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A Simple Characterization of Stochastically Monotone Functions Author(s): James Bergin and Adam Brandenburger Source: Econometrica, Vol.

58, No. 5 (Sep., 1990), pp. 1241-1243 Published by: The Econometric Society Stable URL: http://www.jstor.org/stable/2938309 Accessed: 20/11/2010 12:56
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Econometnica, 58, No. 5 (September, Vol. 1990),1241-1243 A SIMPLE CHARACTERIZATION OF STOCHASTICALLY MONOTONE FUNCTIONS BERGIN ANDADAMBRANDENBURGER1 BY JAMES

McKELVEYAND PAGE (1986) proved a remarkable theorem on common RECENTLY, knowledge. Suppose n individuals start with a common prior and then form conditional probabilities of some event of interest based on their different information. If a stochastically monotone aggregate of the n conditional probabilities is common knowledge, then the assessments must be identical. In this note we show that the aggregation of individual assessments allowed for in the theorem admits an elementary characterization: a function is stochastically monotone if and only if it is additively separable into strictly increasing components. This result is used in Nielsen, Brandenburger, Geanakoplos, McKelvey, and Page (1990) to extend McKelvey and Page's theorem to conditional expectations and, at the same time, to provide a very simple and brief proof of the more general theorem. In order to state the result of this note, some preliminary definitions are needed.

Then ,u DEFINITION 1: Let A and v be probability measures on the Borel subsets of OR. stochastically dominates v if A((-oo,x]) < v((-o, x]) for every x e0R. If, moreover, ((- oo,x]) < v((- oo,x]) for some x, then ,u strictlystochastically dominates v.

let Given a probability measure ,u on the Borel subsets of R;8n, Ai, i = 1,... , n, denote the ith marginal of ,u. That is, for any Borel subset B of OR, p.i(B) = A({(xi,. . ., xn) E R8n: B}). xi E=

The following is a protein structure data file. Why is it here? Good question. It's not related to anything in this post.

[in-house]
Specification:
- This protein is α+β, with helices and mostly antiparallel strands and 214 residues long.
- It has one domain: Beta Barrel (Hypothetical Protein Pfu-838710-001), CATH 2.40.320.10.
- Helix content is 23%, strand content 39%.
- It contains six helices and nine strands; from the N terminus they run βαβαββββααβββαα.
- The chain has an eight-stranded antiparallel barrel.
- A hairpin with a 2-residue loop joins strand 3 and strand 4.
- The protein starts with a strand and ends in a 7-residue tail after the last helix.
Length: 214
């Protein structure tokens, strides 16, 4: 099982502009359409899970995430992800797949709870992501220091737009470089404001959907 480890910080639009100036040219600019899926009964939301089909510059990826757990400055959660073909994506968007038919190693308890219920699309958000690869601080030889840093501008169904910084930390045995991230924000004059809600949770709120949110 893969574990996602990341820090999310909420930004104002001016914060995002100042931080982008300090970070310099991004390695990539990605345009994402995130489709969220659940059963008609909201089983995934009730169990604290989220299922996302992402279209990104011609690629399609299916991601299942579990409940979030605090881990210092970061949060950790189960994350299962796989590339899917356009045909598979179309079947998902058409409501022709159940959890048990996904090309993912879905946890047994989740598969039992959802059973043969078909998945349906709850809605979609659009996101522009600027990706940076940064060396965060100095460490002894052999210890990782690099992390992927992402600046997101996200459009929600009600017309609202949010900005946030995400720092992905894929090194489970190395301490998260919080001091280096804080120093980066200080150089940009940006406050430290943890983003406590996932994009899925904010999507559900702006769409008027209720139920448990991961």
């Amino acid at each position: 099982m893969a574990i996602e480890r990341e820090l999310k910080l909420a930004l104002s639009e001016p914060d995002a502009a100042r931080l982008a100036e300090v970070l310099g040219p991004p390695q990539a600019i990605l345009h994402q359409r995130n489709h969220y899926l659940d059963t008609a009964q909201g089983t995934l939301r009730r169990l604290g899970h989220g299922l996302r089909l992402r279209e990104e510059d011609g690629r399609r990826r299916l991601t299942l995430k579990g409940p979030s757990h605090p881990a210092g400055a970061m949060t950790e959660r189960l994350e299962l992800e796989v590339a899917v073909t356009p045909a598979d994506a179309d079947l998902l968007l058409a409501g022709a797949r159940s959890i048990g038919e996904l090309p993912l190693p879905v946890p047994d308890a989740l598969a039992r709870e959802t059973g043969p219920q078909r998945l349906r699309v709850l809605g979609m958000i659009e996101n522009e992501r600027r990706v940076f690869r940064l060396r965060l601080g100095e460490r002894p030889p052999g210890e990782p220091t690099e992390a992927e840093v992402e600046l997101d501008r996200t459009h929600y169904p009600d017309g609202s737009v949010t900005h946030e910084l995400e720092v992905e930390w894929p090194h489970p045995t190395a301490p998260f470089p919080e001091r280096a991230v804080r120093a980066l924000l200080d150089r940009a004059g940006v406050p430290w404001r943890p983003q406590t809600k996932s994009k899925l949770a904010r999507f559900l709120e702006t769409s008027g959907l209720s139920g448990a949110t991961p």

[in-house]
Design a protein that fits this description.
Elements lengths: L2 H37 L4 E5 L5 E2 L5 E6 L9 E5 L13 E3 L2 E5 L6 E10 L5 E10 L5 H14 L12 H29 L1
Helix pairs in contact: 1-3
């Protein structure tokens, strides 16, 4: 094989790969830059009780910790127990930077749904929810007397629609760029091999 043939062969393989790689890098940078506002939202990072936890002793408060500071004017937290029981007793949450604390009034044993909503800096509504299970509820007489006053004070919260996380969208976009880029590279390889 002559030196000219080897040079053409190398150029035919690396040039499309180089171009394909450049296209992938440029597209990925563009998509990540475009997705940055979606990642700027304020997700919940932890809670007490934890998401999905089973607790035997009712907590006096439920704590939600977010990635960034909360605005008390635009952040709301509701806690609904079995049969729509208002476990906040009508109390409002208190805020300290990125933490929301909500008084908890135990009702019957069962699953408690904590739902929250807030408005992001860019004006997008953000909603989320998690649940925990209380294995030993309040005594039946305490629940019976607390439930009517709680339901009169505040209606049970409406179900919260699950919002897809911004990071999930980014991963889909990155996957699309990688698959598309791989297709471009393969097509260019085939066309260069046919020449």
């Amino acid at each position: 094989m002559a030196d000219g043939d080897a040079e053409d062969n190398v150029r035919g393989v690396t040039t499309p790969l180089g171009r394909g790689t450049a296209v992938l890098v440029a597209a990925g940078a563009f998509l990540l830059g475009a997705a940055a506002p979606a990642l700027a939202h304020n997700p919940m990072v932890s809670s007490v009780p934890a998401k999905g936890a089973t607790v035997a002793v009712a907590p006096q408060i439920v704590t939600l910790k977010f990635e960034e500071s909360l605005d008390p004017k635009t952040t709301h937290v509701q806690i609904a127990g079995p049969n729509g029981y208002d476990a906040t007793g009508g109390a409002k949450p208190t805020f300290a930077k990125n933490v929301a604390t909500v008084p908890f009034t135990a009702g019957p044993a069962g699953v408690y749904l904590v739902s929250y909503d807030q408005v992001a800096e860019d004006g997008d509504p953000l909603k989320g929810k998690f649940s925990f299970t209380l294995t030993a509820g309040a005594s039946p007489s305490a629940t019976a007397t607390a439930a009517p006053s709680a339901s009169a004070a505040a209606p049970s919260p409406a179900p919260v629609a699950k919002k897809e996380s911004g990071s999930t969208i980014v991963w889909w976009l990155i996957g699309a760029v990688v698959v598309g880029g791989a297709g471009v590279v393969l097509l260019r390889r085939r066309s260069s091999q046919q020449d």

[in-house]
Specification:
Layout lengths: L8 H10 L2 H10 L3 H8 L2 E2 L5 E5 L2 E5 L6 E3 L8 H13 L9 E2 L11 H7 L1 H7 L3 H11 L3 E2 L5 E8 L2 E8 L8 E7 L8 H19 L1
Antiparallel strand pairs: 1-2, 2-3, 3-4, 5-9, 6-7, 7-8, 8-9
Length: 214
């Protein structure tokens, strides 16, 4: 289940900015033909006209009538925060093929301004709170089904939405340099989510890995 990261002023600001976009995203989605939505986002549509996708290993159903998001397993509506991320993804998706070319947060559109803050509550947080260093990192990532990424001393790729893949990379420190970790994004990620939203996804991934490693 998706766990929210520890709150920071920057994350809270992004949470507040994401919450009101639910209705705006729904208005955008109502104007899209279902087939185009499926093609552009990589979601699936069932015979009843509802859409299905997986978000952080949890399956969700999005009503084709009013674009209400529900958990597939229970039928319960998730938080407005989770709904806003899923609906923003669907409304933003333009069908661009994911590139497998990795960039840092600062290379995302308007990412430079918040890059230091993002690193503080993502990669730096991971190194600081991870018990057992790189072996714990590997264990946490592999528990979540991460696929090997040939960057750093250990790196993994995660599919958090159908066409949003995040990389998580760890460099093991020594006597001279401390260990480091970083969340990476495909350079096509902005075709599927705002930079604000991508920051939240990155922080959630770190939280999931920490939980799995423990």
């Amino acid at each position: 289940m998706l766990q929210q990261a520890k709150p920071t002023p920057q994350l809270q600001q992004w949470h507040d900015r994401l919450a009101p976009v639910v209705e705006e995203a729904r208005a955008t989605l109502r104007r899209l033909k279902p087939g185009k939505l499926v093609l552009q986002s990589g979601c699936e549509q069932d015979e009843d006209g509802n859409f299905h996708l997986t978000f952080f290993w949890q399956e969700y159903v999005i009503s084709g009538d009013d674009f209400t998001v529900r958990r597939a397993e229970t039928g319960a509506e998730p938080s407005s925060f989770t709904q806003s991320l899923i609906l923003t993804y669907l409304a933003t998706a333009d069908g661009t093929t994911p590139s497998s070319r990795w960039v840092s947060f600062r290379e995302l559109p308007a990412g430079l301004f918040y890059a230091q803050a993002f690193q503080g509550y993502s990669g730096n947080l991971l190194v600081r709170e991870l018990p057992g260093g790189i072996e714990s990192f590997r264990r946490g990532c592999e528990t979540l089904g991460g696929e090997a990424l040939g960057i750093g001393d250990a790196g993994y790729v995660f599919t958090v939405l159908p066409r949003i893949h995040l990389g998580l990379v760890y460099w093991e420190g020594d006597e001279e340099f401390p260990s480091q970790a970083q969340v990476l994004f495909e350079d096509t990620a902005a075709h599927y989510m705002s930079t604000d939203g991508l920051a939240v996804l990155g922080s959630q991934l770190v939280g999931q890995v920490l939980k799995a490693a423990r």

DEFINITION Let ,u and v be probability measures on the Borel subsets of RWn 2: . Then
,u stochastically dominates v if A.i stochastically dominates vi for every i = 1,..., n. If,

moreover, pi. strictly stochastically dominates vi for some i, then p. strictlystochastically dominates v.

DEFINITION A function f: wRn R is stochastically monotone if, given probability 3: -0 measures p. and v on the Borel subsets of R n for which ffdp. and ffdv exist and are finite, ffdp. > ff dv whenever p. strictly stochastically dominates v.

The result of this note can now be stated.

PROPOSITION: A fuinctionf: R8 nR is stochastically monotone if and only if it can be writtenin the form f (x) = En= lfi(xi) where each fi: R -0 R is strictlyincreasing. 1 Financial supportfromthe Harvard BusinessSchoolDivisionof Researchis gratefully acknowledged.

1241

1242

JAMES BERGIN AND ADAM BRANDENBURGER

and is The proof of sufficiency given in McKelvey Page (1986)and is repeatedhere for the sake of completeness.If f(x)= E1 1fi(xi) where each fi is strictlyincreasing,then ff(x) dA(x)
=

f E f,(xi)
i=1

dA(x)

i=l1
n =

Effi(xi) dAi(x)
Effi(x,)
dAi(xi)